Journal Articles

Vol.54 / No.1
“A New and More Elegant Edition”: Franklin’s Autobiography Mediated through Cultural Techniques
Author : Chiu-Hua Su
Keywords : Benjamin Franklin, cultural techniques, postal system, memorandum book, Bernhard Siegert, digital humanity
In his Autobiography, Benjamin Franklin compares himself to a book. More than once, he uses “errata” to describe the faults he has made in his life and prays for corrections of these errata in the “second Edition.” The comparison of his life to a book, I argue, indicates his eccentric idea of a life that is perpetuated through the cultural techniques of the eighteenth century. This shows that the idea of “de-faulting,” or removing faults, is embedded in his thoughts. Considering this, his request for the removal of his “errata” in future editions gains a posthuman implication. In this study, I employ “cultural techniques” proposed by German media theorist Bernhard Siegert to examine the use of the postal system and the memorandum book in Franklin’s Autobiography. Formed as a letter addressed to his first son, the first part of the Autobiography shows how the modern subject was constituted in a postal/police system that gave birth to the idea of liberty but also demanded self-discipline at the same time. In the second half of the essay, I examine Franklin’s use of the memorandum book in his “Art of Virtue.” The table on which his errata are enlisted and checked from time to time paves a route for the development of the feedback loop. Both techniques bespeak Franklin’s network thinking, anticipating modern cybernetics.
The Political-Economic Critique and the Creative Destruction Cycle in T. S. Eliot’s The Waste Land
Author : Yi-Chuang E. Lin
Keywords : creative destruction, macro-/microeconomics, Joseph Schumpeter, Karl Marx, Nicomachean Ethics
Scholars have occasionally drawn attention to the macro-/microeconomic concerns in T. S. Eliot’s poem, The Waste Land. It has been suggested that Eliot’s depiction of the wasteland refers specifically to the City of London, the capital’s chief financial district where Eliot spent his working hours as a bank clerk. However, comprehensive analyses of these aspects are still lacking. By reading Eliot’s correspondence, we learn that Eliot was informed by different schools of economic theory. He keenly observed economic activity and its corresponding social and political consequences. Through an exploration of the macro-/microeconomic phenomena that resonate throughout The Waste Land, this paper argues that underneath its apparent portrayal of an urban apocalypse lies a sustained political-economic argument in dialogue with Aristotle, Karl Marx, John Maynard Keynes, and Joseph Schumpeter. The poem addresses the failings of an existing economic system that prioritizes wealth accumulation for its own sake (chrematistics) and disregards wealth distribution, efficient uses of resources, and genuine economic growth through innovation to foster overall prosperity (economics). By re-evaluating the challenges of modernity, particularly the chrematistic trend of modern economics, The Waste Land epitomizes modernist innovation as a force of “creative destruction” that, in realizing individual talent and freedom to craft inventive frameworks, brings about paradigm shifts and systematic changes in economic and cultural realms.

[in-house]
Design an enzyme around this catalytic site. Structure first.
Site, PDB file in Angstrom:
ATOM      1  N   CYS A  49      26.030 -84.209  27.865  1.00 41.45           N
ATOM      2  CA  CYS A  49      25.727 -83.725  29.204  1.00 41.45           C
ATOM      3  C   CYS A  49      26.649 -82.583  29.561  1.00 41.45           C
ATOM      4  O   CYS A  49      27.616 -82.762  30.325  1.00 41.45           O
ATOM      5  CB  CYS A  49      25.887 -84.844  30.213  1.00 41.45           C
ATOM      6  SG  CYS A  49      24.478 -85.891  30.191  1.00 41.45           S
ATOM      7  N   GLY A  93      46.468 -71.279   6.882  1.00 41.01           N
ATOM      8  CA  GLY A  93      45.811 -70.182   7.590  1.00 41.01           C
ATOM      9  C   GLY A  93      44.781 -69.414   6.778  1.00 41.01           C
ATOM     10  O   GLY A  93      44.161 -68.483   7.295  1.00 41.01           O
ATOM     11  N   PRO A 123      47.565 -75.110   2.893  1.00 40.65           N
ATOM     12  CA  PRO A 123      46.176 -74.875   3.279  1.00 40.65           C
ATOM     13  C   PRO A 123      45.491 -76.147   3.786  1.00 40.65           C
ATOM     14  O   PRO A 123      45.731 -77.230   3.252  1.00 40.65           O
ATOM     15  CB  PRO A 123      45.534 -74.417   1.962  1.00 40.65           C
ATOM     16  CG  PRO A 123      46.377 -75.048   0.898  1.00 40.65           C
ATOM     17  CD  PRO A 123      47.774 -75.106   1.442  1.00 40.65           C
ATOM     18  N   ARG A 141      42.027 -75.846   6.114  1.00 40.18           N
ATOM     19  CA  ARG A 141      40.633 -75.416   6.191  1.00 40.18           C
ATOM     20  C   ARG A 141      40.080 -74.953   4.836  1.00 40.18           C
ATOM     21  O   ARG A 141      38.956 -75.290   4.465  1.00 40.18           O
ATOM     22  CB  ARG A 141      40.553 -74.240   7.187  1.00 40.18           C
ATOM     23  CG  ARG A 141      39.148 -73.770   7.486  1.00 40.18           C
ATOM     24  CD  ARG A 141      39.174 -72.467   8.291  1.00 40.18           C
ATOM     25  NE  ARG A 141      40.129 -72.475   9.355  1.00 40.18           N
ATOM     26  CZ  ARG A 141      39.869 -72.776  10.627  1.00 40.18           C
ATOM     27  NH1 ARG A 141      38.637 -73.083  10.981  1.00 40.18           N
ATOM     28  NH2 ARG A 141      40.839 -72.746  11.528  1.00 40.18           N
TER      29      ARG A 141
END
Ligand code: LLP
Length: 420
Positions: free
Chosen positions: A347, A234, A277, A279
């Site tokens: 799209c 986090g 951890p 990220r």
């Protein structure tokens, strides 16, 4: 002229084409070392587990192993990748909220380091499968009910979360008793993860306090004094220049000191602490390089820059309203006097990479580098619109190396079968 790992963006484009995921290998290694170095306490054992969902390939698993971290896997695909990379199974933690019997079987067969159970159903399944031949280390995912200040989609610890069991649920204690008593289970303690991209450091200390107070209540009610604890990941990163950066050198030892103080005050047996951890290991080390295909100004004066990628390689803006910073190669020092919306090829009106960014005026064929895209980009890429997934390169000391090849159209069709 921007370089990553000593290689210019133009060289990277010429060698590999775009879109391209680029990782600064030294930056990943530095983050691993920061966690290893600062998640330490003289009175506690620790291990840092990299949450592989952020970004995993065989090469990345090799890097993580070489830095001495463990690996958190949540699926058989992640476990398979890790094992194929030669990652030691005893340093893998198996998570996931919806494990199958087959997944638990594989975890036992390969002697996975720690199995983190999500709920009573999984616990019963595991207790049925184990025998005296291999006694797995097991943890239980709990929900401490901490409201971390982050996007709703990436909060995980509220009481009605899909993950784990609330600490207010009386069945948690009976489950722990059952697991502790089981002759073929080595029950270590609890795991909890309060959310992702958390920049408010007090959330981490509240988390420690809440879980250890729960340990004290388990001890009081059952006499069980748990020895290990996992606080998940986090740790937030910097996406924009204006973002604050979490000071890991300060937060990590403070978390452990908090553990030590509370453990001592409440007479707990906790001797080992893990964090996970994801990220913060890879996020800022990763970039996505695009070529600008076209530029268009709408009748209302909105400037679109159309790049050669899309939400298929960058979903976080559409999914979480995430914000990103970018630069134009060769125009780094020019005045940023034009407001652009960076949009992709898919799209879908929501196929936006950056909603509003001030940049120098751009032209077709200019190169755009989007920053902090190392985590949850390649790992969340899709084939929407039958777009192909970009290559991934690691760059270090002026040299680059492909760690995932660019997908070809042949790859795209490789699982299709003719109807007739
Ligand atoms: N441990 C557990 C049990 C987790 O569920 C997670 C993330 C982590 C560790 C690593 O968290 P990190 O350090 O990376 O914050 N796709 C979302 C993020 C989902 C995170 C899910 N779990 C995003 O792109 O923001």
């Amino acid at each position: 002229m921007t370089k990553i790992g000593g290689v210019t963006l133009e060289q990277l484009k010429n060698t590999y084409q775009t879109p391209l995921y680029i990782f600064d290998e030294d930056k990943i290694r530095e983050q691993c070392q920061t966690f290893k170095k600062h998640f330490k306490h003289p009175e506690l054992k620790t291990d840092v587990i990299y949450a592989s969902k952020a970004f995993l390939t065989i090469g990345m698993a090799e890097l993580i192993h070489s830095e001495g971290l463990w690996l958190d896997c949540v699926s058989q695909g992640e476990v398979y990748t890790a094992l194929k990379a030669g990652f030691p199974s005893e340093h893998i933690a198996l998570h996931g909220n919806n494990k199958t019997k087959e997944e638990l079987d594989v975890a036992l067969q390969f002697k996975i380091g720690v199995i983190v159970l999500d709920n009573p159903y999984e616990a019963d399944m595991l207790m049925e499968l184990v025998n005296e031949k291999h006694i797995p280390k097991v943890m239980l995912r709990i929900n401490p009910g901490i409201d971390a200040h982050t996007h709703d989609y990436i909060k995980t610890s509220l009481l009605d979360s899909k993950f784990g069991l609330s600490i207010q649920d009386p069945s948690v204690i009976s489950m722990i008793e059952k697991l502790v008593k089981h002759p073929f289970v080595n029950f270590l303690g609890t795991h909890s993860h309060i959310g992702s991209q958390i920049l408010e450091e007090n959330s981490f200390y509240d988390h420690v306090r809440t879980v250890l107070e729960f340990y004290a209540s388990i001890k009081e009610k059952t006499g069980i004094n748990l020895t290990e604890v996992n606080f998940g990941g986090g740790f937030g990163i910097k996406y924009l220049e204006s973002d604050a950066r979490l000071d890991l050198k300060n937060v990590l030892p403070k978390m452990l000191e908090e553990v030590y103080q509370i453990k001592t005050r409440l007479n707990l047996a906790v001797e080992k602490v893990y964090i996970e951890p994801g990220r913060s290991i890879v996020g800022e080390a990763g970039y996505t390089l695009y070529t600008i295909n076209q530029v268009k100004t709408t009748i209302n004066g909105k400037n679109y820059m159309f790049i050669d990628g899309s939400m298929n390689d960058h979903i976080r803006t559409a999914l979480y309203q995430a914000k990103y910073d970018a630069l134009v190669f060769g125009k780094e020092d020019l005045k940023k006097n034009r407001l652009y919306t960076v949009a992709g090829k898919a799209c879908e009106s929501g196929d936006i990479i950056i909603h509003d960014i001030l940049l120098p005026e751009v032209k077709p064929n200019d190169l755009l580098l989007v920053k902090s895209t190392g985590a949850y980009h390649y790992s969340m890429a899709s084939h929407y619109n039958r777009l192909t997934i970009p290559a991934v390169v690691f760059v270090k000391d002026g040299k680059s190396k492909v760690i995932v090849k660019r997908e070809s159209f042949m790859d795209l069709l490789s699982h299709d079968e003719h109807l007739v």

Dislocation, Relocation, and the Position of the In-Between: Doris Lessing’s In Pursuit of the English
Author : Shu-Ming Hung
Keywords : position of the in-between, Doris Lessing, postwar London, In Pursuit of the English